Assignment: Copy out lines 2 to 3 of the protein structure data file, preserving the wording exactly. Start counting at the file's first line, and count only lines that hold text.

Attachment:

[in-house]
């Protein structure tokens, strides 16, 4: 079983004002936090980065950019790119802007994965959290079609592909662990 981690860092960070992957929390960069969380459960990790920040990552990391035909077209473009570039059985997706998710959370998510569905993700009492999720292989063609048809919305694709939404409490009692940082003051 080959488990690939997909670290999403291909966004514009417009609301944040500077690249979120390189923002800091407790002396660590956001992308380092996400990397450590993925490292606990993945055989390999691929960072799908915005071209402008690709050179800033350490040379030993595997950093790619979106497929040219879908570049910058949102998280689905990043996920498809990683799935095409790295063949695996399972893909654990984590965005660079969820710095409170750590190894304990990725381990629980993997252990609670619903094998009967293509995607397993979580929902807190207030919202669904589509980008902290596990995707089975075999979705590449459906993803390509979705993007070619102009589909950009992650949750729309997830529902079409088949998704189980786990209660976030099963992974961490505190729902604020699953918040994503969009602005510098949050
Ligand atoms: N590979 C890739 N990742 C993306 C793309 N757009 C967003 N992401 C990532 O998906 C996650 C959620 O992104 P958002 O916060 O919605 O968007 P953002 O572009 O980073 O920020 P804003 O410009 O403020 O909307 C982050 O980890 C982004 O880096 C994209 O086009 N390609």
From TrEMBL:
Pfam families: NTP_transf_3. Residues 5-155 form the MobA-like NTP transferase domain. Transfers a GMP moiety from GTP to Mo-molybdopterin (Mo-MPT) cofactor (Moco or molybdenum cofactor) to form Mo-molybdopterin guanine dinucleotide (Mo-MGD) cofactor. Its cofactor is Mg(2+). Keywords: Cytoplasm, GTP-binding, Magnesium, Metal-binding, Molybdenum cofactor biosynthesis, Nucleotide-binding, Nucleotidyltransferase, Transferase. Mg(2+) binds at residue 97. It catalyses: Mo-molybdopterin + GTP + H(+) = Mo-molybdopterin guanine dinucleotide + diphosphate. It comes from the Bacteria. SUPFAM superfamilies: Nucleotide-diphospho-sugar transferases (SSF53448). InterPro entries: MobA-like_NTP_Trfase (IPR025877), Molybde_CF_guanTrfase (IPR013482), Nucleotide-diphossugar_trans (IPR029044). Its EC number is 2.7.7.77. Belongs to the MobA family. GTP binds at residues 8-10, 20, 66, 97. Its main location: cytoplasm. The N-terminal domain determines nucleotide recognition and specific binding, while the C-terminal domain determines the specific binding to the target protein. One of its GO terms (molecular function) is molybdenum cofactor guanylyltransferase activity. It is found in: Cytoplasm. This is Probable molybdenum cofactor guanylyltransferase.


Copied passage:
């Protein structure tokens, strides 16, 4: 079983004002936090980065950019790119802007994965959290079609592909662990 981690860092960070992957929390960069969380459960990790920040990552990391035909077209473009570039059985997706998710959370998510569905993700009492999720292989063609048809919305694709939404409490009692940082003051 080959488990690939997909670290999403291909966004514009417009609301944040500077690249979120390189923002800091407790002396660590956001992308380092996400990397450590993925490292606990993945055989390999691929960072799908915005071209402008690709050179800033350490040379030993595997950093790619979106497929040219879908570049910058949102998280689905990043996920498809990683799935095409790295063949695996399972893909654990984590965005660079969820710095409170750590190894304990990725381990629980993997252990609670619903094998009967293509995607397993979580929902807190207030919202669904589509980008902290596990995707089975075999979705590449459906993803390509979705993007070619102009589909950009992650949750729309997830529902079409088949998704189980786990209660976030099963992974961490505190729902604020699953918040994503969009602005510098949050
Ligand atoms: N590979 C890739 N990742 C993306 C793309 N757009 C967003 N992401 C990532 O998906 C996650 C959620 O992104 P958002 O916060 O919605 O968007 P953002 O572009 O980073 O920020 P804003 O410009 O403020 O909307 C982050 O980890 C982004 O880096 C994209 O086009 N390609």